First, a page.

09 December 2011

Last of the Lomatia

Wondering what's going on here? This is a clipping of the 43,600-year-old Lomatia Tasmanica, propagated in the Royal Tasmanian Botanical Gardens.

There is only one single living individual Lomatia Tasmanica left in the world. It flowers, rarely, and there are pollen and a stigma in each flower, but as the plant is a triploid, it is sterile. [corrected from original post.] And it is 43,600 years old. How is that possible? It's growing clonally, as you've heard me talk about before: it continues to send up new shoots, without the introduction of new genetic material.

I was not granted permission to visit the Lomatia in the wild (more on my thoughts about the Tasmanian Parks Department later), though I was glad to see it in the Gardens. The clippings propagated there and one in Canberra are the only other places it can be found in the world, and even then it is not on public display. The clippings are so sensitive, in fact, that the only time one spent half a day in public view in slighly different conditions, it died. That hardly bodes well for its survival.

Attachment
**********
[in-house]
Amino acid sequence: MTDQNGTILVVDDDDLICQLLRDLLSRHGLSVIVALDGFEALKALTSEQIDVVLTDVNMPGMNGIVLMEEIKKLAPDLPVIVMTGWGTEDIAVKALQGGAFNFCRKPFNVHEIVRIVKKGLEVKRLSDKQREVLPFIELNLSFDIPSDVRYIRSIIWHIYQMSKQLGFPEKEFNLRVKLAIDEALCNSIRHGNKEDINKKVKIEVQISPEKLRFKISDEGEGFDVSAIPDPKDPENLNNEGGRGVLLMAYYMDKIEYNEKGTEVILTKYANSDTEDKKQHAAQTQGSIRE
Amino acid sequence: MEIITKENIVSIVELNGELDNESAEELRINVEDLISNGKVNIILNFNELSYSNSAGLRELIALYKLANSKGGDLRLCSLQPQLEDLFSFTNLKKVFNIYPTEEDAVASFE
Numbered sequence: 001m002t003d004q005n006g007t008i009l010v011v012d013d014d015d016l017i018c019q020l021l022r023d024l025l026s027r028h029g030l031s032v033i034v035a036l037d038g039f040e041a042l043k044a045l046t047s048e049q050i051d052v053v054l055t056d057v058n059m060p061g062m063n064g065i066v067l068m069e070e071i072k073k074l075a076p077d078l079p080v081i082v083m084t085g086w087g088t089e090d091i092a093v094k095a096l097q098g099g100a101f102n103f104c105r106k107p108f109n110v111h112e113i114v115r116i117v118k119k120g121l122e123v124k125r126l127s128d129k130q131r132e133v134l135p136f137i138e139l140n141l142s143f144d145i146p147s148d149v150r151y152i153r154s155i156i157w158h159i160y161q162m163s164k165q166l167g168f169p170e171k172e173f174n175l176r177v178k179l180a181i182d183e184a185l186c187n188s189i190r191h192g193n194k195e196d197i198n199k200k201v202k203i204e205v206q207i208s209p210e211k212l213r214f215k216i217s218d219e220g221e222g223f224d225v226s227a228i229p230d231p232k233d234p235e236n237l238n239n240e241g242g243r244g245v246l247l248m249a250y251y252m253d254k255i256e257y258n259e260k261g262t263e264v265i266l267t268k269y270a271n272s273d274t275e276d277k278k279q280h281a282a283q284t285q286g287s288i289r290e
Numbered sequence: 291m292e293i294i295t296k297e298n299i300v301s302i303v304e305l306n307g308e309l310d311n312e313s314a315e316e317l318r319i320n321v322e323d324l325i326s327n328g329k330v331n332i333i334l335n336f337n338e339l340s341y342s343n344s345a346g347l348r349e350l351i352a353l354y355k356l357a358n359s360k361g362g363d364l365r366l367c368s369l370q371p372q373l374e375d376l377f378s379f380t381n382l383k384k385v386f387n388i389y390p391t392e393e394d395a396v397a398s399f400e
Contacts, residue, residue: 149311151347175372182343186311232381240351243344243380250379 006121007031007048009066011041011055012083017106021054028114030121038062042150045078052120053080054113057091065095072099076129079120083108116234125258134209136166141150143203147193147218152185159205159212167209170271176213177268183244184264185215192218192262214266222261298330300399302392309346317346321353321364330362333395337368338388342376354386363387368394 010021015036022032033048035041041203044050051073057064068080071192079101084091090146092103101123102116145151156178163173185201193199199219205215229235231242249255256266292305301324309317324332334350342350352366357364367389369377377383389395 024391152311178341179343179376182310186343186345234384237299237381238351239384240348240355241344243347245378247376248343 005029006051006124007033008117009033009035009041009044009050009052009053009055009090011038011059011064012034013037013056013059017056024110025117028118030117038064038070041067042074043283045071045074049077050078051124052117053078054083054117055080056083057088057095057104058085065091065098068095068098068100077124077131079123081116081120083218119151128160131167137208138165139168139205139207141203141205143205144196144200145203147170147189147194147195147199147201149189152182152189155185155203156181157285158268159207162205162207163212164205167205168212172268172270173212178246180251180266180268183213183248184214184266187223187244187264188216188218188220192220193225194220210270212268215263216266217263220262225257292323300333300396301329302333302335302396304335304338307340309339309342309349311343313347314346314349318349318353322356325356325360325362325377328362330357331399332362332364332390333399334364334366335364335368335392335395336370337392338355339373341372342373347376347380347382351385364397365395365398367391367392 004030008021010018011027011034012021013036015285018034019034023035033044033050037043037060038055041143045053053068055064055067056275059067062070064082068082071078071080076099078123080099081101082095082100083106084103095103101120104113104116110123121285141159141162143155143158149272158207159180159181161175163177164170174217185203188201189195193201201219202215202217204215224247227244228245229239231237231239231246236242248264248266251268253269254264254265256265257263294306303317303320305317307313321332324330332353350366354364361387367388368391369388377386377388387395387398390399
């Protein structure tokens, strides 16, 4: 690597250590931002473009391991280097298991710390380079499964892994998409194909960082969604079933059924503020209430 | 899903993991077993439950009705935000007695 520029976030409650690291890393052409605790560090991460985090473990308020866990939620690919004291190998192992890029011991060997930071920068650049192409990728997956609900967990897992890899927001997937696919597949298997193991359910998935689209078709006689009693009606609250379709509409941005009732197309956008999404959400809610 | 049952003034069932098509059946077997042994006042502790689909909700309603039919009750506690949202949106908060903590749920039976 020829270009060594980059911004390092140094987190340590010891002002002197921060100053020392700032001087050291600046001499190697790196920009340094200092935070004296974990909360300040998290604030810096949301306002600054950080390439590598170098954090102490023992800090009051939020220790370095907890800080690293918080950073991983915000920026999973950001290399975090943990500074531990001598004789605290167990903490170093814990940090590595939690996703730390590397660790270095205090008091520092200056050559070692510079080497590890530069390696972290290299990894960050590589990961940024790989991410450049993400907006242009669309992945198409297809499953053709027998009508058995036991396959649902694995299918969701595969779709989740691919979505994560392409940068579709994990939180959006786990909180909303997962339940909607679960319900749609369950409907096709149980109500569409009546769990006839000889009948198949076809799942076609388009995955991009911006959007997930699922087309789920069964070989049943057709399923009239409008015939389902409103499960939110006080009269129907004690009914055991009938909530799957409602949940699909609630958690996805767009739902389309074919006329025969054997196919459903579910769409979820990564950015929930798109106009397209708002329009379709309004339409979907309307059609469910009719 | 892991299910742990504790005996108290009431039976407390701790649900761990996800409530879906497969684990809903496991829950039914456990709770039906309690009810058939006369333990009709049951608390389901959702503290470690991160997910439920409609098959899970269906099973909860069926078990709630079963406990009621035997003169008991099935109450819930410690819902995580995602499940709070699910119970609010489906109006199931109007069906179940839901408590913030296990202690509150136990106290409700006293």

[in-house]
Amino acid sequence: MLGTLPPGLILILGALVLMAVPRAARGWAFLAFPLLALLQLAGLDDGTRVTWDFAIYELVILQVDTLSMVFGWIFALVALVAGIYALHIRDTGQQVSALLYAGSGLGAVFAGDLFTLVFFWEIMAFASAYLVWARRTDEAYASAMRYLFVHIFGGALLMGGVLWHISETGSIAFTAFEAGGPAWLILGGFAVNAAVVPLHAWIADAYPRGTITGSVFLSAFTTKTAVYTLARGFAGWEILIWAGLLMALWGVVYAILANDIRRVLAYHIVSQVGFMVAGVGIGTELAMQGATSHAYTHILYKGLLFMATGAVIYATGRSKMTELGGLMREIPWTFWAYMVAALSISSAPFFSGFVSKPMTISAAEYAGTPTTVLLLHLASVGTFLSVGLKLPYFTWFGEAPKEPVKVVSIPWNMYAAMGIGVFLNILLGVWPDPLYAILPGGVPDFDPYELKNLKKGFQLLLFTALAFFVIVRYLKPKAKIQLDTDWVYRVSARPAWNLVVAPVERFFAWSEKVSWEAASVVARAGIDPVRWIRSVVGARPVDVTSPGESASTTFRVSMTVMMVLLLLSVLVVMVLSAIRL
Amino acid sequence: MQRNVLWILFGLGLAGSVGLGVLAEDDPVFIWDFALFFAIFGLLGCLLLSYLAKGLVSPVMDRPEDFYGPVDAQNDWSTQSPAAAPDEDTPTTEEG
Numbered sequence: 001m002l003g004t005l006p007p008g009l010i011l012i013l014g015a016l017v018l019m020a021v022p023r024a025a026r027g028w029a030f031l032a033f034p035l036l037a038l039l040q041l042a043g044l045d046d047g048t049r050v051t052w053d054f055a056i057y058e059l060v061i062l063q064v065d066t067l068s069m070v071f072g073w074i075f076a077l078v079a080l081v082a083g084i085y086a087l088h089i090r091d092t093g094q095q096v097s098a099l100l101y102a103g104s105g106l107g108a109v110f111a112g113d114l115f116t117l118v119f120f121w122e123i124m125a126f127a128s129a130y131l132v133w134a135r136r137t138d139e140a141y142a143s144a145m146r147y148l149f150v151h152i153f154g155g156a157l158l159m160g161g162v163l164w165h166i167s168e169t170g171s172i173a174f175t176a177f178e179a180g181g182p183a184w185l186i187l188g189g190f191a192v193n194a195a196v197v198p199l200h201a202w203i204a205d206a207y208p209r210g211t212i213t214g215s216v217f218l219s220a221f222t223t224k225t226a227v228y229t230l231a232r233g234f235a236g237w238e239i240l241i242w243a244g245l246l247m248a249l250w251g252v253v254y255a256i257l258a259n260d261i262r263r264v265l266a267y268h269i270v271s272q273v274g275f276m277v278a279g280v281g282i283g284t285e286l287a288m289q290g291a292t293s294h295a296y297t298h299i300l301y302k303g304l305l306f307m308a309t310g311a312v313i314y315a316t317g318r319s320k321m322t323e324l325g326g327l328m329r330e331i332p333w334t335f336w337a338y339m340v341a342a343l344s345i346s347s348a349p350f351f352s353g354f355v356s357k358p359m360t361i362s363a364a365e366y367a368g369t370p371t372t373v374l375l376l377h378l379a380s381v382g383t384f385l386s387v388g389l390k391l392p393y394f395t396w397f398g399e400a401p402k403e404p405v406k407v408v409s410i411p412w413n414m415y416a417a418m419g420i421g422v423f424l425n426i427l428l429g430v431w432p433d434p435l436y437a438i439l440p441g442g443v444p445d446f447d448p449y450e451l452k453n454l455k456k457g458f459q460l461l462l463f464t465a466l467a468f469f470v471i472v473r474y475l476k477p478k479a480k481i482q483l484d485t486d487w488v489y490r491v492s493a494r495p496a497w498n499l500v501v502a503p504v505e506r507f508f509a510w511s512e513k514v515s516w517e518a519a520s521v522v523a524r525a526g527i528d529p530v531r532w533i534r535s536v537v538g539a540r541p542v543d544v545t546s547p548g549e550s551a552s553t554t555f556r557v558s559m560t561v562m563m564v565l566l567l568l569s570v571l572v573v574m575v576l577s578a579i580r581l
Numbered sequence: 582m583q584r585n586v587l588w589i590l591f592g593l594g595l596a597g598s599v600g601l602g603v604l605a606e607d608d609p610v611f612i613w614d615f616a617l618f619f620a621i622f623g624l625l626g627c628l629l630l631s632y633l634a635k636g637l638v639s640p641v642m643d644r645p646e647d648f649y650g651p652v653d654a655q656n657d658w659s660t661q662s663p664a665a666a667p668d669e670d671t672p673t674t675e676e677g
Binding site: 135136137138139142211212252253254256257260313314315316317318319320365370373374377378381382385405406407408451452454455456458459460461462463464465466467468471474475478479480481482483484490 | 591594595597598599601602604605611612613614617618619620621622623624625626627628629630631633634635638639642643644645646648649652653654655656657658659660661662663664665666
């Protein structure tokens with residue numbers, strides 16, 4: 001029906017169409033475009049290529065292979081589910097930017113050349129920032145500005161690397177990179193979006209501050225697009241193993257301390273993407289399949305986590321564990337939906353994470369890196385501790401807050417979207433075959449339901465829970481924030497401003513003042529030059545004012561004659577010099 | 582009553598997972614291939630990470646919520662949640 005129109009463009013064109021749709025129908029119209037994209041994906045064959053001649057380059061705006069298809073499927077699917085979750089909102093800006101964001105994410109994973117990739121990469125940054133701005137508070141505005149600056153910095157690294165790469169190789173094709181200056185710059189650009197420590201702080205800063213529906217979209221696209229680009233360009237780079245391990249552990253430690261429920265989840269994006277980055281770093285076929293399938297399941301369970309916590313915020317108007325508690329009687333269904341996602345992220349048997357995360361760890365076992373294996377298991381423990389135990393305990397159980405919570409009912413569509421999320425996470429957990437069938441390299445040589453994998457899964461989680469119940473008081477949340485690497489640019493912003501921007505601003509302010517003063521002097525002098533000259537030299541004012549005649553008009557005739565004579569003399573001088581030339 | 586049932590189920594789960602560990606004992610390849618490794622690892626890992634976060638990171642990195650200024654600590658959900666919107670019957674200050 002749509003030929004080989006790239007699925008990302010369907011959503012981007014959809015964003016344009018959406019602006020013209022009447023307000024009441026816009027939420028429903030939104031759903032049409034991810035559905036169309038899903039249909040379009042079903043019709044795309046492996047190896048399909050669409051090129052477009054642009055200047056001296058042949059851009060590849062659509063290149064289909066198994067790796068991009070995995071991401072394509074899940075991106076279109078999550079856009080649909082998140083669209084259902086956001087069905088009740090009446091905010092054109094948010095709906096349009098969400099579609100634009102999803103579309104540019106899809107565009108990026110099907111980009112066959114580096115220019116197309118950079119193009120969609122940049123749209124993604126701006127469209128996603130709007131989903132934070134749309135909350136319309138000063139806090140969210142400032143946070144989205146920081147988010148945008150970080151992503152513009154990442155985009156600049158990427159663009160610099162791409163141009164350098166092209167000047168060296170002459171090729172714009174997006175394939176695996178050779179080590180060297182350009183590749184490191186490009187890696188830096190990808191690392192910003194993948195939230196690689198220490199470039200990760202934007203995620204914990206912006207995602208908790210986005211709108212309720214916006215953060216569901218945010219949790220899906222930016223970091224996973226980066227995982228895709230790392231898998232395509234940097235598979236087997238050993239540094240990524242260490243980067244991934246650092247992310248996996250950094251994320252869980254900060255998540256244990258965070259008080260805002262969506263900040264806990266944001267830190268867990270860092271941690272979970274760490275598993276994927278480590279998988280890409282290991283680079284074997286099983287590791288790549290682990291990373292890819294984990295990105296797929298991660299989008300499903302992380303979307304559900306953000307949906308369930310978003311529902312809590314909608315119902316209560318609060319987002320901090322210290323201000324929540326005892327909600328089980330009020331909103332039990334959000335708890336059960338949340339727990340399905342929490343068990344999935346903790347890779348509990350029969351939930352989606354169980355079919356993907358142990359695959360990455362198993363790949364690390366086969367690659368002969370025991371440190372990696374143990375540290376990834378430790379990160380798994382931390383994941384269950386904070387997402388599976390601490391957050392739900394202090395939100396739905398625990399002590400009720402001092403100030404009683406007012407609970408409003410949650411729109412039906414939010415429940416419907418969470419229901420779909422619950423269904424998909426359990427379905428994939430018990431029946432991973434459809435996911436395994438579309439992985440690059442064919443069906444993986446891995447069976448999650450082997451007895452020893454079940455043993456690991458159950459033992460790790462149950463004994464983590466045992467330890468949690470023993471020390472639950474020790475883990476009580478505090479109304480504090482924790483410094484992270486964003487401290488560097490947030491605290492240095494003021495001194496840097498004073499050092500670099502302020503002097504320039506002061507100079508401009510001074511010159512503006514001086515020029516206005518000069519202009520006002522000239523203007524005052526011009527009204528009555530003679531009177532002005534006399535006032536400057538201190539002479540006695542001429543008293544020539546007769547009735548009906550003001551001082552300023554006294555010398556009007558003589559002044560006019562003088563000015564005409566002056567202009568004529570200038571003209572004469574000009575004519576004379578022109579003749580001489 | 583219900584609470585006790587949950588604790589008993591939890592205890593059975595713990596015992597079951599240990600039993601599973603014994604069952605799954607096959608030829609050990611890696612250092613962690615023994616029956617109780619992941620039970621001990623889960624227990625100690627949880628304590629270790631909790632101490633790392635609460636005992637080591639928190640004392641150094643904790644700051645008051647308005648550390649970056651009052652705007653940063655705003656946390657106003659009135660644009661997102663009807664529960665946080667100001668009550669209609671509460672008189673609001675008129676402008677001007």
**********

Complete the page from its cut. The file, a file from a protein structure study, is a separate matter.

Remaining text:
The Lomatia Tasmanica is continuing its line in the only possible way it can: by cloning itself over and over again, theoretically forever, though that is unlikely given the instability of our climate to come.

12,000-year-old Antarctic Beech

This image is of a fairy ring of Antarctic Beech which is probably around 12,000 years old, living in Queensland, Australia. The ring of trees is a single, clonal individual, growing vegetatively (as opposed to adding genetic material from another individual as in sexual reproduction.)

There are a number of other clonal Antarctic Beech living in the area, though not all have been studied. I was lucky enough to have botanist Rob Price, a veritable expert in all the local flora and fauna, guide me out to this stand, as well as others in the area. (Rob first got in touch with me after seeing my TED talk. So glad he did, as I otherwise might have missed them.)

Why Antarctic? These beauties used to cover Antarctica in its milder days, before its present iced-over state. As Gondwana broke apart 180 million years ago and the South got colder, the Antarctic Beeches worked themselves up to more suitable climes. Talk about going the distance.